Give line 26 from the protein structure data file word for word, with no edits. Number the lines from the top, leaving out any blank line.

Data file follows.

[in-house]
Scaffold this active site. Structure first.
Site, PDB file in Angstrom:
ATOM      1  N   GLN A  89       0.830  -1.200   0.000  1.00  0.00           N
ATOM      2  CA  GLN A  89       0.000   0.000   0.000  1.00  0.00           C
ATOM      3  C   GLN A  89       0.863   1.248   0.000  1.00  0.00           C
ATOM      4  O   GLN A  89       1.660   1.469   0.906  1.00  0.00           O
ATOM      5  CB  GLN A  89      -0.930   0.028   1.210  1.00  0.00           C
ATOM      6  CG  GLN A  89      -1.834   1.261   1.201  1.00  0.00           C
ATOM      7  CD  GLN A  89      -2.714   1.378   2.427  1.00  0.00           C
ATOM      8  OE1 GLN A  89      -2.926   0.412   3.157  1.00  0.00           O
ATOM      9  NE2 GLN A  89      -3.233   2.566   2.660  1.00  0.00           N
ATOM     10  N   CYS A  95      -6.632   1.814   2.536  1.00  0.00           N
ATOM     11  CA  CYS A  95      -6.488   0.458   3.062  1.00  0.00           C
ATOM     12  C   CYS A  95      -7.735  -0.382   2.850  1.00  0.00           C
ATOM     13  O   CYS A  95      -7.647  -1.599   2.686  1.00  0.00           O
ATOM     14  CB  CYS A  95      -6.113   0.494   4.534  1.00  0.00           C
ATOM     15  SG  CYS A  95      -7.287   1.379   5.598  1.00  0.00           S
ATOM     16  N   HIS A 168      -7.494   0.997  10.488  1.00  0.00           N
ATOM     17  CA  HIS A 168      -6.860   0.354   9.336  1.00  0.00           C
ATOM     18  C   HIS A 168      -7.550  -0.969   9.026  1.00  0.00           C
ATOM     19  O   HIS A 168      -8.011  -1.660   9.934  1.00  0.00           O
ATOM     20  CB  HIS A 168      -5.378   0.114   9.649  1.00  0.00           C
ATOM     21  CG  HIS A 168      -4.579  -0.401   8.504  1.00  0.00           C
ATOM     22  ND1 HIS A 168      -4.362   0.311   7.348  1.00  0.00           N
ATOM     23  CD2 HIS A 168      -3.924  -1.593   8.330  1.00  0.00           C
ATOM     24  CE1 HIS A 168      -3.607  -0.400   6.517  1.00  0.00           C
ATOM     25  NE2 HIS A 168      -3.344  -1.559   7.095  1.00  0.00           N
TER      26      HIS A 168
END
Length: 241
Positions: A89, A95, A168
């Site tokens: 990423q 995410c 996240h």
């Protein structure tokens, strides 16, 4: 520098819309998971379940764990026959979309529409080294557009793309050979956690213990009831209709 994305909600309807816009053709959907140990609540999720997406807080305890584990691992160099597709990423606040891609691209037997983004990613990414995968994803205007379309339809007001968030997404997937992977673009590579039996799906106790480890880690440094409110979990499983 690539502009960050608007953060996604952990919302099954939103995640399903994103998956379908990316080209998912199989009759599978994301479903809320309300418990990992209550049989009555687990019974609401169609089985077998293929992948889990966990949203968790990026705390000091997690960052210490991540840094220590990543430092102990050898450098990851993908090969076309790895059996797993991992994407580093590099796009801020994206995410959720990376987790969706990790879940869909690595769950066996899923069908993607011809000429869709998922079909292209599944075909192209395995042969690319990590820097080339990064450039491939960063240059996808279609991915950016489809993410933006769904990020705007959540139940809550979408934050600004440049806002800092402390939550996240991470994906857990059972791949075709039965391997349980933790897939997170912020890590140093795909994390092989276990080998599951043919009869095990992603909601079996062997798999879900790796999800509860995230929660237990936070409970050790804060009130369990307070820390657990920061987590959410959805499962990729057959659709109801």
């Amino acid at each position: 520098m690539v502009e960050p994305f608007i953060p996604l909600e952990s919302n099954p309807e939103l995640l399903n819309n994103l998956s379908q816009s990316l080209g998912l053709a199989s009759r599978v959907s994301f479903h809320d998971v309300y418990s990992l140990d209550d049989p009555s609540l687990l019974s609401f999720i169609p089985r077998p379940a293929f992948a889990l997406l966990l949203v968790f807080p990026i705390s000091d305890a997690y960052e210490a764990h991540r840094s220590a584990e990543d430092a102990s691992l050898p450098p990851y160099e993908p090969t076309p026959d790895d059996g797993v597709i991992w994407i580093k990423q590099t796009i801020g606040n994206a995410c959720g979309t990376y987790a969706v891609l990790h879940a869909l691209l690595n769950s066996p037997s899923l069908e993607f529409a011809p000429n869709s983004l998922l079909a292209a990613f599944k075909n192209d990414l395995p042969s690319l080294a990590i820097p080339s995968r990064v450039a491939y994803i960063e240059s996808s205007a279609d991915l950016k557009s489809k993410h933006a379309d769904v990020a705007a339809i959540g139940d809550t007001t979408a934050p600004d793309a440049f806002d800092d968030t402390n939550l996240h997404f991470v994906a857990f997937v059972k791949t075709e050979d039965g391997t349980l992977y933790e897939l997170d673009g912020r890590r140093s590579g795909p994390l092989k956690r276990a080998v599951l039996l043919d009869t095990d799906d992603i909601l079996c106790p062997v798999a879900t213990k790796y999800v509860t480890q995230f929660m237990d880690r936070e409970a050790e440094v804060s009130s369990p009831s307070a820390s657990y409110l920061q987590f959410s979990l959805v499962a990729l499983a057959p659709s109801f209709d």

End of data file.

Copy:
ATOM     23  CD2 HIS A 168      -3.924  -1.593   8.330  1.00  0.00           C